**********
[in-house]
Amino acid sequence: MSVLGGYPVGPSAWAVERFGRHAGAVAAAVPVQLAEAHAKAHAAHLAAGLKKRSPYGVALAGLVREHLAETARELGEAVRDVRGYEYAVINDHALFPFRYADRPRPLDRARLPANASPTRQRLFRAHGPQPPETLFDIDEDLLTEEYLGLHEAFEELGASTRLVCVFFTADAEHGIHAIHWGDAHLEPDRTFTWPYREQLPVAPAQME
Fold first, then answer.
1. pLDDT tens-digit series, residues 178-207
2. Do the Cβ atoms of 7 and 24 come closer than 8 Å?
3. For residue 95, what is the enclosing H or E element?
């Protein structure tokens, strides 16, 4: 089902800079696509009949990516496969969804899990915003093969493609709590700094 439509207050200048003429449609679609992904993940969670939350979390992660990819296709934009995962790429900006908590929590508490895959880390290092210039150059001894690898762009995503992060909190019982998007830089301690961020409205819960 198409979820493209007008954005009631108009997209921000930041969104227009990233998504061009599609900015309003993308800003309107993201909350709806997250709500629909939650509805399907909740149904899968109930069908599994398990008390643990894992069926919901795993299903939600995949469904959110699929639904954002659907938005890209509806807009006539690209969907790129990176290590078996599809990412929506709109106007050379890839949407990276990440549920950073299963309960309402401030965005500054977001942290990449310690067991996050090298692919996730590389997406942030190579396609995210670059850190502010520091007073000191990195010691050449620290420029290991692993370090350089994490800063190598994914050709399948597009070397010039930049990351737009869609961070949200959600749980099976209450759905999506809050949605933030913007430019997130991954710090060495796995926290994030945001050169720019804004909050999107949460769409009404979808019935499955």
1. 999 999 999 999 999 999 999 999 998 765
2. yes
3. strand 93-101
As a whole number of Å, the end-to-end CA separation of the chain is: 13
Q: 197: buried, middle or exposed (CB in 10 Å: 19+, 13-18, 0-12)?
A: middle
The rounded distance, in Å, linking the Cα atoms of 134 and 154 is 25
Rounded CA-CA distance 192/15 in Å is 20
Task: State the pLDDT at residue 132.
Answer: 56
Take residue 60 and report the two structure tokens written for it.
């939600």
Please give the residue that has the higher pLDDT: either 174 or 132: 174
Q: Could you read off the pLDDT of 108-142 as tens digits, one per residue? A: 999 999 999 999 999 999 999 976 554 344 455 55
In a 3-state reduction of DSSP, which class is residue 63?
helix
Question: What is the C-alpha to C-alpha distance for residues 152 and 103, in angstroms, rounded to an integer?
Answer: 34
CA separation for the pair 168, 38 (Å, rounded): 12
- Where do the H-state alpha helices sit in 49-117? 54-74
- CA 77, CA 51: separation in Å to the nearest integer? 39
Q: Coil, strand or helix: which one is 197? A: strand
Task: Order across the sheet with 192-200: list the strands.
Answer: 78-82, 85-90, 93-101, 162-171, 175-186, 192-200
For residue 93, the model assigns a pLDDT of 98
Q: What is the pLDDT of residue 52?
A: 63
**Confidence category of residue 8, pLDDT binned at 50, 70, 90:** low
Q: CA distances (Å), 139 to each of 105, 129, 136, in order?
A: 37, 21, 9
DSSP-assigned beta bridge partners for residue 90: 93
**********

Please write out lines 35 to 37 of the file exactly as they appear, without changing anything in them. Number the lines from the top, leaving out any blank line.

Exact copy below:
**Confidence category of residue 8, pLDDT binned at 50, 70, 90:** low
Q: CA distances (Å), 139 to each of 105, 129, 136, in order?
A: 37, 21, 9